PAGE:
- Advanced health care directive: Also known as a living will, this specifies what actions should be taken for your healthcare and pain management if you’re unable to make decisions.
Six Reasons You Need an Estate Plan as Soon as Possible
American millennials are young, healthy, and have an average net worth of less than $8,000. It makes sense they don’t see the need for a will, much less a full estate plan. But there are more reasons than just death and dividing possessions that make an estate plan so important to have.
You want to control who has guardianship of your kids
If you don’t designate who you want to take care of your children should you die, the court will decide for you. But if you have a will, that will tell the court who you want to care for your kids. It also gives you the opportunity to leave the guardian money to offset the cost of caring for your children. A trust can go a step further by legally dictating the guardian to use the money for specific child-related costs.
Don’t forget your pets. You can’t leave assets to your pets but you can designate guardianship of them in your will or trust and leave money to their guardian.
You’re more likely to need it in life than death
During the course of your career, you’re three and a half times more likely to be disabled by an accident than you are to die from one.
If you’re incapacitated from an accident for any length of time, you’ll want someone named as a durable power of attorney to make decisions for you. Should your injuries become more serious, your advanced healthcare directive will make sure hospital doctors know how to treat your pain and when to remove life support.
It’s not just accidents that impair people; it can be illnesses, too. “Imagine having a severe reaction to the Coronavirus and the patient is incapable of making their own decisions on healthcare,” Brent Dickerson, financial advisor and owner of Over Coffee Financial, said. “[People] need legal documents to direct their healthcare providers on care, and to appoint, legally, someone they trust to make these life and death decisions on their behalf.”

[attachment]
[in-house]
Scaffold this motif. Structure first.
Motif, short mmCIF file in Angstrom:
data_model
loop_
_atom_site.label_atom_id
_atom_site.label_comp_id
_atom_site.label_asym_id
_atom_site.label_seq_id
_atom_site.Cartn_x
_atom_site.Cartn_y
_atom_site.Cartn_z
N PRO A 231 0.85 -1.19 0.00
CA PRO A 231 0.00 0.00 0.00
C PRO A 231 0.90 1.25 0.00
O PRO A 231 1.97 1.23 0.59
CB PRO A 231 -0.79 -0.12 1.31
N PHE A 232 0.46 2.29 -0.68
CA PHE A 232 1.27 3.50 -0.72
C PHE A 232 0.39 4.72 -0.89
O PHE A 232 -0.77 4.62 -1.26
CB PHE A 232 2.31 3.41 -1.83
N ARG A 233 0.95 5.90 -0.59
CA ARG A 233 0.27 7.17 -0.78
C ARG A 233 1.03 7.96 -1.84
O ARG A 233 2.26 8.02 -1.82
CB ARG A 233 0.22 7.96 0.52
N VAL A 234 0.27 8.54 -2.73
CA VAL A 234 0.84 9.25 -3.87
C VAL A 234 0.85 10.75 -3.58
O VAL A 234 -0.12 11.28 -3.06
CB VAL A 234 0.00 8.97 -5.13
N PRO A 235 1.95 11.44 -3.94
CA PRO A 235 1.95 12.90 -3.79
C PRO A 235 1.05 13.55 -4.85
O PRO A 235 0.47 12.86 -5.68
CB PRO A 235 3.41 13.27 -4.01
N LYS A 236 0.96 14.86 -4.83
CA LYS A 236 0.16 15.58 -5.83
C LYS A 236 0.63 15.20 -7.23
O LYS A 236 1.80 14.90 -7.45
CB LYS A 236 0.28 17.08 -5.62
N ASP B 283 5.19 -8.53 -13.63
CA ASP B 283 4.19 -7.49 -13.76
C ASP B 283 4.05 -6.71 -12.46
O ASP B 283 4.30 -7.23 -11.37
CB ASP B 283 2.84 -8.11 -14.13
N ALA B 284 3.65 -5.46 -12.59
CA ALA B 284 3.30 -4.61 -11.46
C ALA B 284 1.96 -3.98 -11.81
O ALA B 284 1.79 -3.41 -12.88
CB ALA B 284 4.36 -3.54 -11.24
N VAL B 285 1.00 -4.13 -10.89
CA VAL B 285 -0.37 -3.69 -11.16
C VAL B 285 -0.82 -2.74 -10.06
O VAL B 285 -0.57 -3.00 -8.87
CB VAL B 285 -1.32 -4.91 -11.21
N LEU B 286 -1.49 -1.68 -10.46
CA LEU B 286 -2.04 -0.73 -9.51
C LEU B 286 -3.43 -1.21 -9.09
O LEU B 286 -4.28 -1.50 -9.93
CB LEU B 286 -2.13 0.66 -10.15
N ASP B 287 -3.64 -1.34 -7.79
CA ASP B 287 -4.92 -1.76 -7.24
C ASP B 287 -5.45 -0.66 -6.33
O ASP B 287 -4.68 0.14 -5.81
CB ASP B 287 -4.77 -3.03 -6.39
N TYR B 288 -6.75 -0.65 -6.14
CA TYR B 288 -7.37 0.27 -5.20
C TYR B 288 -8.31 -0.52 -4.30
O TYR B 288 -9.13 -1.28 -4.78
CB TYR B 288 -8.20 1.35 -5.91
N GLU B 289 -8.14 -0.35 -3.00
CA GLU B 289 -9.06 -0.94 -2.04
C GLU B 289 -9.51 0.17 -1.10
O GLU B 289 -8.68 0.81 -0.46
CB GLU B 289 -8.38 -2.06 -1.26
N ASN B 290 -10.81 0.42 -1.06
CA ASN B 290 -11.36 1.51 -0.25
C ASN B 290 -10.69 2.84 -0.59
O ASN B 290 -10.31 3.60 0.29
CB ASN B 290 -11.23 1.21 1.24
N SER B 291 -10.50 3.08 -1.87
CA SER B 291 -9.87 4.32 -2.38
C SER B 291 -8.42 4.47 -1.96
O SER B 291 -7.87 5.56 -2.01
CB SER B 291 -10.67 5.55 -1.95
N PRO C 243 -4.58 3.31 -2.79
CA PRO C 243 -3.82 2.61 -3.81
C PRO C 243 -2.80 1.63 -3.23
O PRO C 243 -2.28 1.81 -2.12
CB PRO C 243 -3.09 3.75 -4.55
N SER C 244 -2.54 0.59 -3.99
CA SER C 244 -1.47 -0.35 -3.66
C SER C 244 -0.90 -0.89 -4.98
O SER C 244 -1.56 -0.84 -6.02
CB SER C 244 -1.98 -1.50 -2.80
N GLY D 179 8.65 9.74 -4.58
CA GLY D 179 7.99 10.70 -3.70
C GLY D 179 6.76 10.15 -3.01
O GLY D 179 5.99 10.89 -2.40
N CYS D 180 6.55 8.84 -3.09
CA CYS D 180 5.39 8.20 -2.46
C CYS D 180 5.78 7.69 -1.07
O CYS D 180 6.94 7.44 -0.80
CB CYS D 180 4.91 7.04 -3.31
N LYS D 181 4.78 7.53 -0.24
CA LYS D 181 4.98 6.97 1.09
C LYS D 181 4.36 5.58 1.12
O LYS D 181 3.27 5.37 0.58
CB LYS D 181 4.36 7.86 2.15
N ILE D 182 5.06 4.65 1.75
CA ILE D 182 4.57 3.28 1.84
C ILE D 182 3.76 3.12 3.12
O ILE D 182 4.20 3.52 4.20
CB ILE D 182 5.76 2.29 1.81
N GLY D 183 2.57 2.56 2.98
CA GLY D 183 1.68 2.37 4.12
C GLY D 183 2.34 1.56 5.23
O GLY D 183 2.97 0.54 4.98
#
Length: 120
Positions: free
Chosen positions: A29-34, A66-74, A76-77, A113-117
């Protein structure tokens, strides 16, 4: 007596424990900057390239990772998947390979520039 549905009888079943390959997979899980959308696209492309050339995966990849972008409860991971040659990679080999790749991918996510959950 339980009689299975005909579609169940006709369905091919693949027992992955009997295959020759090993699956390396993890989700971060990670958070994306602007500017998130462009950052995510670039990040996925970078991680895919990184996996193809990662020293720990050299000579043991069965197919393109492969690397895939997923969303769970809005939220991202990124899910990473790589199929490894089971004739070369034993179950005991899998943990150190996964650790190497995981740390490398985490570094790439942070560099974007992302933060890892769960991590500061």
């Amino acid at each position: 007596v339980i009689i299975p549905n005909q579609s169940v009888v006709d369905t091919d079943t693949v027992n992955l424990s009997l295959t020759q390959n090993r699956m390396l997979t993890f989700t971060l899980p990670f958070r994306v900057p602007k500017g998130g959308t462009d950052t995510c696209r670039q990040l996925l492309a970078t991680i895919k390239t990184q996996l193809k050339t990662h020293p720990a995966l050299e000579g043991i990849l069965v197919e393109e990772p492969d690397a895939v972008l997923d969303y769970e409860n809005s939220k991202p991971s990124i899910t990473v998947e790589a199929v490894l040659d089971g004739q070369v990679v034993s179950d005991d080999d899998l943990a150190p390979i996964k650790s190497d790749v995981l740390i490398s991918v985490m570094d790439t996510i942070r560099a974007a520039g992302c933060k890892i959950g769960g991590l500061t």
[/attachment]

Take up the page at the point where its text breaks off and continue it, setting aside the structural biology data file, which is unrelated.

You want to protect your parents
Maybe you don’t have a spouse or kids so you don’t think you need a will. In that case, if your parents survive you, they’ll be responsible for sorting out your estate. It’s a devastatingly sad situation estate planning professionals see all too often.
“This past week, we worked with clients whose young adult son died without a will or trust in place,” estate planning attorney Justin Crain said. “It took the parents more than a year to get access to bank accounts, pay creditors and finally have closure to what was an incredibly painful and heart-wrenching experience.”
This gets more important as your parents get older. Steven Sivak saw this when a client of his passed away without a will and her mother, who was in her eighties, had to commute across the state to handle her affairs.
“[She] had to go across the state to sit in a courthouse and fill out stacks of paperwork. Multiple times,” he said. “[She also] had to find her vehicle, find the title, find a way to drive it. Find a way to get into her house, and figure out where to get rid of all of her stuff. It’s sad, it’s confusing, and it’s a miserable process without documentation.”